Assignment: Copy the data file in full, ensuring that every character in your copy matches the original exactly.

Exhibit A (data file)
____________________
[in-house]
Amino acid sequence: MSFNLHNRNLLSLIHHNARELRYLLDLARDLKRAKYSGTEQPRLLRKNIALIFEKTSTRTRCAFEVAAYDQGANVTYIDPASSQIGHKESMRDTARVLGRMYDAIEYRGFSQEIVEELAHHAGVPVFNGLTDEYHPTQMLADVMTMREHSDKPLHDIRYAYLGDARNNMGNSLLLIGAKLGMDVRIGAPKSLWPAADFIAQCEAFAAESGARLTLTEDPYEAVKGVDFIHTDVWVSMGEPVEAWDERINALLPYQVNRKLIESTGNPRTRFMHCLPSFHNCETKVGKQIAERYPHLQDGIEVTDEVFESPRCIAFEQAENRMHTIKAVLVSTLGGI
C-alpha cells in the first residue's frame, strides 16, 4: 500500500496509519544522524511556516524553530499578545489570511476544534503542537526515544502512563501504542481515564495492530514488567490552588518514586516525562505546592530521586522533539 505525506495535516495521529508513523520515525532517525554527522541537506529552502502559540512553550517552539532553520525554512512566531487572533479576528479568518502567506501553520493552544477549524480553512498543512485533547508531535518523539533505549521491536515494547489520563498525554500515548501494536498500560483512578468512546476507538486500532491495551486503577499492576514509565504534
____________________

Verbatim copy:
[in-house]
Amino acid sequence: MSFNLHNRNLLSLIHHNARELRYLLDLARDLKRAKYSGTEQPRLLRKNIALIFEKTSTRTRCAFEVAAYDQGANVTYIDPASSQIGHKESMRDTARVLGRMYDAIEYRGFSQEIVEELAHHAGVPVFNGLTDEYHPTQMLADVMTMREHSDKPLHDIRYAYLGDARNNMGNSLLLIGAKLGMDVRIGAPKSLWPAADFIAQCEAFAAESGARLTLTEDPYEAVKGVDFIHTDVWVSMGEPVEAWDERINALLPYQVNRKLIESTGNPRTRFMHCLPSFHNCETKVGKQIAERYPHLQDGIEVTDEVFESPRCIAFEQAENRMHTIKAVLVSTLGGI
C-alpha cells in the first residue's frame, strides 16, 4: 500500500496509519544522524511556516524553530499578545489570511476544534503542537526515544502512563501504542481515564495492530514488567490552588518514586516525562505546592530521586522533539 505525506495535516495521529508513523520515525532517525554527522541537506529552502502559540512553550517552539532553520525554512512566531487572533479576528479568518502567506501553520493552544477549524480553512498543512485533547508531535518523539533505549521491536515494547489520563498525554500515548501494536498500560483512578468512546476507538486500532491495551486503577499492576514509565504534